The Magic of Teaching

At Other McCain, we confront feminism constructing the reality that rapists are rapists for want of enough mass meetings instructing them not to rape.
When will this “holding up a sign to the camera” nonsense be done?

Oh, of course. Because if you sat down a group of 18-year-old males and said, “Hey, guys, having sex with a woman against her will, yeah, that’s, you know…bad” over and over and over again, then rapes would stop. Because, teaching. Teaching solves everything.


What is the basis of the assertion that we do not “teach men not to rape”? Does the basic process of socialization not instruct men not to do violence? To keep their hands to themselves? To treat others as they would wish to be treated? That their sexual instinct is not a license to harm others? Is there a single criminal who has not heard these platitudes repeated ad nauseam?

There used to be a saying about horses and water, but modern education has probably rejected it as archaic and dogmatic. Some people seem to be under the delusion that, with enough lessons, a horse can be made to drink. Also, that education is not something a human can reject, and in the majority of cases in the majority of schools, does reject.

“The solution to everything bad in the world is found on page 127”

Let’s take this a step further. If teaching was effective, then teaching women how to avoid rape could also prevent rapes from happening. But clearly, the young feminist up top believes that this will not work. Teaching will not work for her, but it will work on The Other.

The typical response is that an insidious “rape culture” has infected the minds of young men, as a natural consequence of their patriarchal masculinity, and it is this which must be undone so that rape will not happen. This has the virtue of blaming warlocks and Bilderbergers: its abstraction becomes as mystical as its reasoning is circular.

Q: What causes rape?

A: Rape culture.

Q: What is rape culture?

A: Those things in the culture that induce men to rape.

Q: How can we determine that rape culture exists?

A: Because rapes happen.

Q: How can we do away with rape culture?

A: By suppressing those things in the culture that induce men to rape.

And then he tried to tell me how I could avoid lecherous advances!
And then he tried to tell me how I could avoid lecherous advances!

4 thoughts on “The Magic of Teaching

  1. Your perspective is thought-provoking and I’m not necessarily arguing with what you’re saying. I think, the point that I get from the image, is really the issue of victim-blaming. That it’s the person who gets raped fault is a thread in a lot of our culture and that’s problematic. “How to avoid getting raped” pins the fault in the wrong place.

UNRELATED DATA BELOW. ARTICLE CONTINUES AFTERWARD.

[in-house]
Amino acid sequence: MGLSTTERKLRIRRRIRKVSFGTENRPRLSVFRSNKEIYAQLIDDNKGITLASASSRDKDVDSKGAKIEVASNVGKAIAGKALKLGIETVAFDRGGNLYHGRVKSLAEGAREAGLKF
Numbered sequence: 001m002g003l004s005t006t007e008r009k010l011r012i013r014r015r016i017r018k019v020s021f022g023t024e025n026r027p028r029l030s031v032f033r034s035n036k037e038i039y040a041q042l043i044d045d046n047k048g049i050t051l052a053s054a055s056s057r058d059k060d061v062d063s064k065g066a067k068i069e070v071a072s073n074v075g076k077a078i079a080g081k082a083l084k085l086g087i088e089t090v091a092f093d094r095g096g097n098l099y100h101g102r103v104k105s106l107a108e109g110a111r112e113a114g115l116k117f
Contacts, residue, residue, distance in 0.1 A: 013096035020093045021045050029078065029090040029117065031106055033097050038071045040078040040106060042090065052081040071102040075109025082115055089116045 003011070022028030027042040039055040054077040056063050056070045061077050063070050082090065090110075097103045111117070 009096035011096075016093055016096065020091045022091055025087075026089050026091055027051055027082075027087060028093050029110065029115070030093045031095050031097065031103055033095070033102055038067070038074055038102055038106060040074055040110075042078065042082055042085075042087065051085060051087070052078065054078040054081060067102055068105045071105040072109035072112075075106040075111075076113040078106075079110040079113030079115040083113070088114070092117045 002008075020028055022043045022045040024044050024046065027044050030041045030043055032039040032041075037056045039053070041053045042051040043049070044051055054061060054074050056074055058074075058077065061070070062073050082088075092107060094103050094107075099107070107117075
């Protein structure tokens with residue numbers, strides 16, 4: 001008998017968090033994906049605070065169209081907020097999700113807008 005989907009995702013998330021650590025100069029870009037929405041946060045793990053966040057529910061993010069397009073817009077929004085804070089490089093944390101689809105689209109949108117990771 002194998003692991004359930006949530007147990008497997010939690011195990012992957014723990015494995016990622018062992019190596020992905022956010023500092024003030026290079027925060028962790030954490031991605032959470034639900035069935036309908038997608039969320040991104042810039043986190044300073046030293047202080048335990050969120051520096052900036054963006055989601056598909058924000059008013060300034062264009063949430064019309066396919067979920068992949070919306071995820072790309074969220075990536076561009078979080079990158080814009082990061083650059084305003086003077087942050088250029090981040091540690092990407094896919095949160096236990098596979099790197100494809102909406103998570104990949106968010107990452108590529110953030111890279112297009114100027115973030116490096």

1. First, please feel free to argue. Especially with the inherent graciousness you bring to the table.

      Second, while I certainly agree that the victim of a violent crime ought not be blamed, and the perpetrator of same prosecuted, I don’t equate “counseling prudent behavior” with “blaming the victim.” This is not a question of one’s rights. A woman has the right to her own person, and to bestow her amorous favors on whom she pleases. And I have the right to my own property, free from theft. But if I leave my gym bag on the passenger seat of a street in Baltimore known for auto break-ins, I’m increasing my risk. That doesn’t make the guy who smashes my window, roots around in my glove box, and makes off with my gym bag while hilariously missing my TomTom any less a thief or a criminal. Nor does it mean I’m not allowed to damn the whole City of Baltimore, its denizens, its Keystone Kops law enforcement, or its Tammany Hall government in the saltiest of terms as I drive home with a new garbage bag window. But it does mean that when my wife points out that my bag placement was imprudent, I accept the truth of her assertion. Obviously, the gravity of the two crimes don’t equate. But I don’t feel that counseling young women on how not to increase their risk is an offensive act, Rather, it would be irresponsible to do otherwise.

      Now to the male half of the equation. The socialization of young men can absolutely be done better. Imparting values of honor, decency, and gentlemanly behavior ought be a priority. But we have instead made punch lines of them, and contrary to the picture assertion above, feminism is not going to be much use in restoring them. Indeed to the extent that feminism treats them as patriarchal rape-culture code-speech, it is, in fact, part of the problem.

      Such is my opinion, anyway.


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